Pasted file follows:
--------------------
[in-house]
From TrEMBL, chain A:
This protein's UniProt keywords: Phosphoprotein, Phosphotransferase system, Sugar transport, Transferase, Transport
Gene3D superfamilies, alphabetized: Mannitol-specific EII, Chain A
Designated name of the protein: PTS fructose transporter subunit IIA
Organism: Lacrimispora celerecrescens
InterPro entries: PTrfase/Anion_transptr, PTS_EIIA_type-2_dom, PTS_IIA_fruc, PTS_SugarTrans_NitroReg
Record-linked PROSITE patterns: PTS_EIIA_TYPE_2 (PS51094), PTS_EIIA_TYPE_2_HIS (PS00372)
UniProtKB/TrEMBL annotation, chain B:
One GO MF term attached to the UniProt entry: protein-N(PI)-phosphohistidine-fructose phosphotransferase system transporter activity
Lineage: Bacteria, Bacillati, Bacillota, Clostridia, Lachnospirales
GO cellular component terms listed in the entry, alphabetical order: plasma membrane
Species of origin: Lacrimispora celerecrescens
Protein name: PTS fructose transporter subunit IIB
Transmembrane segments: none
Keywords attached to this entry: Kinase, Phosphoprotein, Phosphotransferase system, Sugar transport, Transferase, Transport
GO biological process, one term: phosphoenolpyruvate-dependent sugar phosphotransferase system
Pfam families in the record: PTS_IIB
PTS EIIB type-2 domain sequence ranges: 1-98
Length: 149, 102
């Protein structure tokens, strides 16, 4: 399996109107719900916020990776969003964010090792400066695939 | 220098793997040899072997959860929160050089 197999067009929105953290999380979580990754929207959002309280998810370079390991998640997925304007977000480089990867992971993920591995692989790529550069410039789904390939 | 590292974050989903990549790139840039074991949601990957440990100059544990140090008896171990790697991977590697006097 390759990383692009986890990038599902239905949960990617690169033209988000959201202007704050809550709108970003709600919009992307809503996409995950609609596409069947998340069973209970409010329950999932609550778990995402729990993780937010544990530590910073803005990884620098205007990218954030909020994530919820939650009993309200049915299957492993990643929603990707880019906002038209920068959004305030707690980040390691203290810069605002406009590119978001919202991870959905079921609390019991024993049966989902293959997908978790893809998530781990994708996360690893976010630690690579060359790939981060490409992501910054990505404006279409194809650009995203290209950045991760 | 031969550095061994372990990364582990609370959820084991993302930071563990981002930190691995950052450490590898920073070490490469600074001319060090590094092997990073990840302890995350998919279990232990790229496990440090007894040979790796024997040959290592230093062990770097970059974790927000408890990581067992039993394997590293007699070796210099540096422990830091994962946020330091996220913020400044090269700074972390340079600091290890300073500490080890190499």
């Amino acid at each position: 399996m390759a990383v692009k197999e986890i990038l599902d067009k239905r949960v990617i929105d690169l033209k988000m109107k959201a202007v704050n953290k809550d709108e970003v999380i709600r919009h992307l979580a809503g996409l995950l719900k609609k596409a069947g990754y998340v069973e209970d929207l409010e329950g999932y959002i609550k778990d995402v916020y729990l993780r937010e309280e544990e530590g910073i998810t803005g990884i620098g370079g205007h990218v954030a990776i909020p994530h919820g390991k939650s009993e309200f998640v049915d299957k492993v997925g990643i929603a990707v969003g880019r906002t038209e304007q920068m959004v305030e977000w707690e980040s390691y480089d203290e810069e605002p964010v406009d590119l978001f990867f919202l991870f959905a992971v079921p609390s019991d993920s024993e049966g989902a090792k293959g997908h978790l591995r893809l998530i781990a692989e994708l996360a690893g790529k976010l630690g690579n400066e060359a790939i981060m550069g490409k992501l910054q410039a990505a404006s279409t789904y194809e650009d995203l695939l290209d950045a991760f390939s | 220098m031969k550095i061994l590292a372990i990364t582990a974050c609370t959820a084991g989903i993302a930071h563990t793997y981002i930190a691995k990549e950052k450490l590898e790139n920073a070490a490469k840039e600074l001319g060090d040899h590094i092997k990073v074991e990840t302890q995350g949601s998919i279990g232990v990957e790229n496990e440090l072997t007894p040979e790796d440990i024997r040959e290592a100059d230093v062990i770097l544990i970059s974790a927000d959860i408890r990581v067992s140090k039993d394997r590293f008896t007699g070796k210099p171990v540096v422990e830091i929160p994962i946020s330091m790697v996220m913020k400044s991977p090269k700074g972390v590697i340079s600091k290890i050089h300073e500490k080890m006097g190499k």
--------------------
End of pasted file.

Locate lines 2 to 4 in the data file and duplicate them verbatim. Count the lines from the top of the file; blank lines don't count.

From TrEMBL, chain A:
This protein's UniProt keywords: Phosphoprotein, Phosphotransferase system, Sugar transport, Transferase, Transport
Gene3D superfamilies, alphabetized: Mannitol-specific EII, Chain A